Several classes of 17β-HSD1 inhibitors have been described in the last years –, most of them having a steroidal structure. During the past decade, our group reported on four different classes of nonsteroidal 17β-HSD1 inhibitors –. Compounds 1–4 (Figure 1) exhibit IC50 values toward 17β-HSD1 in the nanomolar range and high selectivity against 17β-HSD2 and the ERs in our biological screening system .
In our search for new nonsteroidal 17β-HSD1 inhibitors that are structurally different from those previously described, an in silico screening of an in-house compound library was performed using a pharmacophore model derived from crystallographic data. Upon experimental validation, a virtual hit could be identified as a moderately active inhibitor of 17β-HSD1 (Table S1, compound 5); structural optimization led to the discovery of benzothiazoles as novel, potent inhibitors of the target enzyme with good biological activity in vitro. Further computational studies were performed to better understand the favourable interactions achieved by these inhibitors in the active site.
Materials and Methods
Although up to now more than twenty crystallographic structures of human 17β-HSD1 are available in the Protein Data Bank (PDB) as apoform, binary or ternary complex (with steroidal ligand and/or cosubstrate), X-ray based information about protein-ligand interactions of the enzyme with nonsteroidal inhibitors is not available. Furthermore, the steroidal binding pocket in these crystal structures displays differences in terms of size and geometry due to a pronounced flexibility of some parts of its surroundings . Therefore, a simple virtual screening strategy such as random selection of one crystal structure to perform docking studies was considered unsuitable to the search for new hits. As in silico screening tool, a new pharmacophore model for 17β-HSD1, based on cocrystallized ligands and with some additional protein structure information, was built and a ligand-based approach was followed instead.
Five diverse 17β-HSD1 crystal structures (PDB-ID: 1a27, 1equ, 1dht, 1i5r, 3hb5) – were superimposed (backbone root mean square deviation (RMSD) of 0.7 Å) and the cocrystallized steroidal ligands E2, EQI, DHT, HYC and E2B, respectively, (Figure 2) were used to build the pharmacophore model using the Molecular Operating Environment (MOE; www.chemcomp.com) software.
The five steroidal ligands cocrystalized with 17β-HSD1s that were used to build the pharmacophore model. Structural information was taken from the protein data bank(PDB-ID: 1a27, 1equ, 1dht, 1i5r, and 3hb5, respectively).
The five crystal structures were chosen to cover most of the chemical space occupied by their 17β-HSD1 ligands, and both the presence of the cosubstrate (NADP+/NADPH) and a good resolution were considered important for their selection as the pharmacophore model should integrate both ligand- and protein-derived information, gained from the analysis of different crystal structures.
Superimposition of the mentioned 3D complexes (ligands and proteins) enabled us to define the pharmacophore features of both the ligands and of the constant regions of the protein, involved in ligand-protein interaction. While the selection of the ligand-derived features was focused on the slightly different chemical properties of substrates and inhibitors, the protein-derived features were chosen considering “rigid” active site residues (all atom RMSD for all crystal structures<0.5 Å) as well as amino acids important for the enzymatic activity. Furthermore, the flexible βFαG'-loop (residues 187–196)  lining the active site was excluded, whereas additional donor/acceptor features of the cofactor (NADP+) were considered.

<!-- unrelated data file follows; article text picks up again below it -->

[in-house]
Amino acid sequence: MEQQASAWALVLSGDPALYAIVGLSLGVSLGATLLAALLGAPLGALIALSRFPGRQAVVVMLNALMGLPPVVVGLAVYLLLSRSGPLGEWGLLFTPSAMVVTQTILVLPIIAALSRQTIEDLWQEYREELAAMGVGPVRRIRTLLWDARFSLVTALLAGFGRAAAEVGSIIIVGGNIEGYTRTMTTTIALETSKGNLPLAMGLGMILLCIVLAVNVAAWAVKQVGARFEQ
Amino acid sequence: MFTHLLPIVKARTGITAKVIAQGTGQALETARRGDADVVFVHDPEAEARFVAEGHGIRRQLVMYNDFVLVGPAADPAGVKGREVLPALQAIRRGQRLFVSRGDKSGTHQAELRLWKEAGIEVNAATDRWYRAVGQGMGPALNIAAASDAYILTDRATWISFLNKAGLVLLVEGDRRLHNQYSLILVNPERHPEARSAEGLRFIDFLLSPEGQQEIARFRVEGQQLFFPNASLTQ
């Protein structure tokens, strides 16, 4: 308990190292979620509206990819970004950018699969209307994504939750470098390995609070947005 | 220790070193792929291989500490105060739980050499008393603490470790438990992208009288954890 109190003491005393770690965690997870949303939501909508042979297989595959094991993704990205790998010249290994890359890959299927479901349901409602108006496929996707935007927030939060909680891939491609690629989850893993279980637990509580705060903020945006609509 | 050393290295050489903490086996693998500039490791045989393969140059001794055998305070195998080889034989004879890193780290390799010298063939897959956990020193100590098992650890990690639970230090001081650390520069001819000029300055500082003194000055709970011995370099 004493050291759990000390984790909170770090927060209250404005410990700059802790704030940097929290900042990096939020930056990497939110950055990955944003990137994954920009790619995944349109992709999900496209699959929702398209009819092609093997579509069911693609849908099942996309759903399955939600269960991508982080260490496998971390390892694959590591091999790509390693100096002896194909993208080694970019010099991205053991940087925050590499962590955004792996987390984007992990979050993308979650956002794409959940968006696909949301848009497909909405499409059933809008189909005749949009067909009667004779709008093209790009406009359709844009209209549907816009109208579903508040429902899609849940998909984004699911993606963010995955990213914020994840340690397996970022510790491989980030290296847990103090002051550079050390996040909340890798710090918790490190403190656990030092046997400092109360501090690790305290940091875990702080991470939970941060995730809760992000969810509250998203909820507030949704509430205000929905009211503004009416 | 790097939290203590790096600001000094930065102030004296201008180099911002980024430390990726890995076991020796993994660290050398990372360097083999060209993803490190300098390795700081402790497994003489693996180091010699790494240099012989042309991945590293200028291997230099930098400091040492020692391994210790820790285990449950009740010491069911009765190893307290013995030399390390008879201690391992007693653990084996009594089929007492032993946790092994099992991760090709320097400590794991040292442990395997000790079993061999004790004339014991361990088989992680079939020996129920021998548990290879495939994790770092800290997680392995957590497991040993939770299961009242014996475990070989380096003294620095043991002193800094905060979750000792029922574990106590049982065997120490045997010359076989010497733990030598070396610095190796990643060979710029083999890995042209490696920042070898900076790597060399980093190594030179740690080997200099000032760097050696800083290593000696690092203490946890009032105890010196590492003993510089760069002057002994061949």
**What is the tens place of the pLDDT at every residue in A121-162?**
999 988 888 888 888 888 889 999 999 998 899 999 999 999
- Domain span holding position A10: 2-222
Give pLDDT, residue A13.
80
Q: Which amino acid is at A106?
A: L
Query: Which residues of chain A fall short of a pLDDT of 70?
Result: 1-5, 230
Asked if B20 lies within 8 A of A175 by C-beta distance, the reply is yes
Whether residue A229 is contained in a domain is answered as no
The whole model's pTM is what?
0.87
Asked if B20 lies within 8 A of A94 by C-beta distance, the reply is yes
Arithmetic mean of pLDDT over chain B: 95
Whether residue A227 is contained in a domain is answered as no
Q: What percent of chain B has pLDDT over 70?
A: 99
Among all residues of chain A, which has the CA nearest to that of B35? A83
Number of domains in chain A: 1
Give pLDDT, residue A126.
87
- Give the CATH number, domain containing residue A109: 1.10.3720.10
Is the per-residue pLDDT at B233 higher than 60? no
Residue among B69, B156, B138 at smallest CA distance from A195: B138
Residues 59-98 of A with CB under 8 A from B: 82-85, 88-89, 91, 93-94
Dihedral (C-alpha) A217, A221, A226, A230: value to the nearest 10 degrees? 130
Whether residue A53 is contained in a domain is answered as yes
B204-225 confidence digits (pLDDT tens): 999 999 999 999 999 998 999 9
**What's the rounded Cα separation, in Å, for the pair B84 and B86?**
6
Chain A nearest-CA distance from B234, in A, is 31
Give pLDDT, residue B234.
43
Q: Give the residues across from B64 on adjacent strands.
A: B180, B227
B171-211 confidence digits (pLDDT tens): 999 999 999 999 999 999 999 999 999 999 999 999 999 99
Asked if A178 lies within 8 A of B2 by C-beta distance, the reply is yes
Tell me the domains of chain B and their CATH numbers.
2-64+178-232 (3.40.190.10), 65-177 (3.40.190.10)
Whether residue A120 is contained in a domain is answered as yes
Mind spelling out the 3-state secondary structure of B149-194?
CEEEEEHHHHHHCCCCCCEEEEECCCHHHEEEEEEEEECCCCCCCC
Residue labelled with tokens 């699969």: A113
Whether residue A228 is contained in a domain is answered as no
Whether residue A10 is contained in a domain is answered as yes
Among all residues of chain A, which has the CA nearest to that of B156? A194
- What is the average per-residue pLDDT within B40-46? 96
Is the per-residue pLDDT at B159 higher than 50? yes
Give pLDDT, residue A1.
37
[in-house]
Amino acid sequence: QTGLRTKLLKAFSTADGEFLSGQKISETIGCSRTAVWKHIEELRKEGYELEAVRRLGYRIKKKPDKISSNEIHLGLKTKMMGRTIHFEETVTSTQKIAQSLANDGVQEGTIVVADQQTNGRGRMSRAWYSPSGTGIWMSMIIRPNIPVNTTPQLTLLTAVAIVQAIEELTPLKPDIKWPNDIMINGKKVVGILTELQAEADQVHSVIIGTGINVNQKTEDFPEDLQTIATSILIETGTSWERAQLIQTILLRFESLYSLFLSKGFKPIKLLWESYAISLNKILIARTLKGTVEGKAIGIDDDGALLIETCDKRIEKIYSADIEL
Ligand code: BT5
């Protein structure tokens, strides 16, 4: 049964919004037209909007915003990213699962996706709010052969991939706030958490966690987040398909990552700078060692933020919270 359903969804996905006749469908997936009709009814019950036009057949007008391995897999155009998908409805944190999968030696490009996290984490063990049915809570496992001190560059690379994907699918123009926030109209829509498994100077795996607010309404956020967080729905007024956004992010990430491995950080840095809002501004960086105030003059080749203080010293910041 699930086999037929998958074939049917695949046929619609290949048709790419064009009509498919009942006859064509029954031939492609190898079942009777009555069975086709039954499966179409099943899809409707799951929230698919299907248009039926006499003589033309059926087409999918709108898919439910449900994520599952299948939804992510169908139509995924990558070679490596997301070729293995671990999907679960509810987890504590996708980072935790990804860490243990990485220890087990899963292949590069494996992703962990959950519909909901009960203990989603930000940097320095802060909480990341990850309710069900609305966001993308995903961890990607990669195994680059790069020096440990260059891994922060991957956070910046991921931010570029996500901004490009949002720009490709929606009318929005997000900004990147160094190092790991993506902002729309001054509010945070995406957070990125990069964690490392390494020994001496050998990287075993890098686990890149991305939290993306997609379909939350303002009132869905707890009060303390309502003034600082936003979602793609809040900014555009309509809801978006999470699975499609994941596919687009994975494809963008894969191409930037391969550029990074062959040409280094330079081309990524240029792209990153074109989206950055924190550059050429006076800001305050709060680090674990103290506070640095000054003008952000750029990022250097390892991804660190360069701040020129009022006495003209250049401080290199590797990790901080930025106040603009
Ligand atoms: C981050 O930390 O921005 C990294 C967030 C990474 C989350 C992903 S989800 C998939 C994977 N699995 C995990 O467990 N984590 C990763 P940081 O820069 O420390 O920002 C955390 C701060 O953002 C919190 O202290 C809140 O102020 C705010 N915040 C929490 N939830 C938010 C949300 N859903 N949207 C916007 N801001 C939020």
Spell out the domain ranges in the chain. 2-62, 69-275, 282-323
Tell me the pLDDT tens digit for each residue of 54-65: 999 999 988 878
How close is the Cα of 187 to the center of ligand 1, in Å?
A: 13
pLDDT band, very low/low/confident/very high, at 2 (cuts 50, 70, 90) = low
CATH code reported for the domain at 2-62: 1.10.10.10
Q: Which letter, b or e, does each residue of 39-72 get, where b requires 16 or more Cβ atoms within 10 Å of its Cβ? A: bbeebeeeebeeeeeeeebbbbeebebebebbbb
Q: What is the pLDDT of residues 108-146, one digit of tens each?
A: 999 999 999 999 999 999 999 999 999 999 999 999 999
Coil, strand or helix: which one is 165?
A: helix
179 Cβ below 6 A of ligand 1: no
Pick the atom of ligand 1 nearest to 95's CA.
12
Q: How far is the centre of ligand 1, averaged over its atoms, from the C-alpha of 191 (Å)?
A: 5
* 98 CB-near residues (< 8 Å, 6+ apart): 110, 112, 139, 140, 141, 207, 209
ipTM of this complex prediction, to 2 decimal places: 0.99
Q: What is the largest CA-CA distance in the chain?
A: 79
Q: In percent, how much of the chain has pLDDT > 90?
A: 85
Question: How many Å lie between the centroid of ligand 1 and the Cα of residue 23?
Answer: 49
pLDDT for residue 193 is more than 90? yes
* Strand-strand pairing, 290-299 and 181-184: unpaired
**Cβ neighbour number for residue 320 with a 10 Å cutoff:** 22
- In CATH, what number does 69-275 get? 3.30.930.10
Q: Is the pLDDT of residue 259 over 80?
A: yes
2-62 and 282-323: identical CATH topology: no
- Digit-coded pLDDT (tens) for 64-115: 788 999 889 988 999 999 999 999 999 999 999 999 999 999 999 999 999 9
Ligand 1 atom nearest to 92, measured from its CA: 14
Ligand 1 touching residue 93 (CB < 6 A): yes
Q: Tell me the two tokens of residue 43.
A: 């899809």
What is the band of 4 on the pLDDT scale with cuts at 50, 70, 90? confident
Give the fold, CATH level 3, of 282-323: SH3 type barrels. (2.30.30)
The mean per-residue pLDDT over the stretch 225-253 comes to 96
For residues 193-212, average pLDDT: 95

Thus, on the ligand side the pharmacophore model (Figure 3) consists of five hydrophobic/aromatic features HY1-HY5 (four from steroid scaffold and one from E2B/HYC, respectively), one aromatic ring projection P5 (associated to HY5; used to direct the ligand placement in the pharmacophore screen), three H-bond acceptor-and-donor AD1-AD3 (two from the steroid scaffold and one from E2B) and one H-bond donor D4 (corresponding to the NH2 of the amide in E2B).
The pharmacophoric features derived from the ligands are rendered as dotted spheres and are color-coded: dark orange for aromatic ring and aromatic ring projection (HY1 and HY5), green for hydrophobic regions (HY2-HY4) and magenta for acceptor and donor atom features (AD1-AD3 and D4). The identified aromatic ring projection HY6 as well as the donor projection feature D7 is not exploited by steroidal inhibitors. The protein-derived acceptor or donor features (A1a, D1b, AD2a, AD2b, A3a, D4a, D4b, AD5a, AD5b, D6a and A6b) and the aromatic ring projection P5 are depicted as yellow, meshed spheres.
Nine acceptor (A) or donor (D) feature projections were derived from the protein and were used to direct the ligand orientation in the pharmacophore screening (projections indicate putative protein binding partners; the number indicate the the ligand feature, while the small letters a and b describe the inverse H-bonding properties of residues involved in a common network, e.g. A1a is a donor and D1b is an acceptor, and both interact with AD1): A1a - His221, D1b - Glu282, AD2a - Ser142, AD2b - Tyr155, A3a - Leu96, D4a - Asn152, D4b - Leu95, AD5a - Ser222, AD5b - Tyr218. In addition, four features were also retained from the cofactor NADP(H): A6b and D6a from the amide moiety, HY6 as aromatic ring projection from the nicotinamide ring (potential interaction site of the ligand with Tyr155 and cofactor), and D7 as acceptor projection (phosphate group of the cofactor). More geometric properties of the pharmacophore are listed in Table S2.